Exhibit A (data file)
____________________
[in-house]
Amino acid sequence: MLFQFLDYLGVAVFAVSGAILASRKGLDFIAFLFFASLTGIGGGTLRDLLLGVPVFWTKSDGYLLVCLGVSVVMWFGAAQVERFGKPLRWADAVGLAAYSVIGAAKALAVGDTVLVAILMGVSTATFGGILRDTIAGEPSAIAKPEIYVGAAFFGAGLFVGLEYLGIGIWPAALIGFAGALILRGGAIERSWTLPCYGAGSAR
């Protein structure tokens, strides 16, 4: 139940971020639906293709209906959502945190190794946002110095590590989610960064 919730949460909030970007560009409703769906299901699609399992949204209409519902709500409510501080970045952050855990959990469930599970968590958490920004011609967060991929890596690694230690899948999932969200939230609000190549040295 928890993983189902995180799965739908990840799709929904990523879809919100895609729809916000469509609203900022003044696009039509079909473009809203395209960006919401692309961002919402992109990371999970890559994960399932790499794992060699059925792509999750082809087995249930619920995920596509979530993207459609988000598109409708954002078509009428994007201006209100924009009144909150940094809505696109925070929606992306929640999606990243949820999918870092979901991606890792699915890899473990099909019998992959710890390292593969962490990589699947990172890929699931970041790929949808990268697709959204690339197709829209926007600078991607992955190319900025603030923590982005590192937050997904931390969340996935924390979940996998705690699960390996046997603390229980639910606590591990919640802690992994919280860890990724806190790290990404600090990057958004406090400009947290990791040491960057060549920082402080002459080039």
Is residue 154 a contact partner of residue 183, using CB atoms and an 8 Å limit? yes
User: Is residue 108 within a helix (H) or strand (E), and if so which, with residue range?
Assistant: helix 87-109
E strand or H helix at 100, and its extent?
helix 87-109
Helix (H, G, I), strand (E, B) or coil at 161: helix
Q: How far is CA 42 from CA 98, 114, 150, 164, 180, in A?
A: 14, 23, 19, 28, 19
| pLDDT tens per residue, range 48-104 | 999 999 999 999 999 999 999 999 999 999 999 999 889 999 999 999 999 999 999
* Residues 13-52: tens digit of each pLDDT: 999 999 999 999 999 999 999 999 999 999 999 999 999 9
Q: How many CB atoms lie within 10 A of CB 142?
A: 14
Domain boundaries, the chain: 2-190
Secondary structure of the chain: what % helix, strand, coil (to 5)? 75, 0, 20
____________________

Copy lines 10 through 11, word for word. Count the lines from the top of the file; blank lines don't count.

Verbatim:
Q: How far is CA 42 from CA 98, 114, 150, 164, 180, in A?
A: 14, 23, 19, 28, 19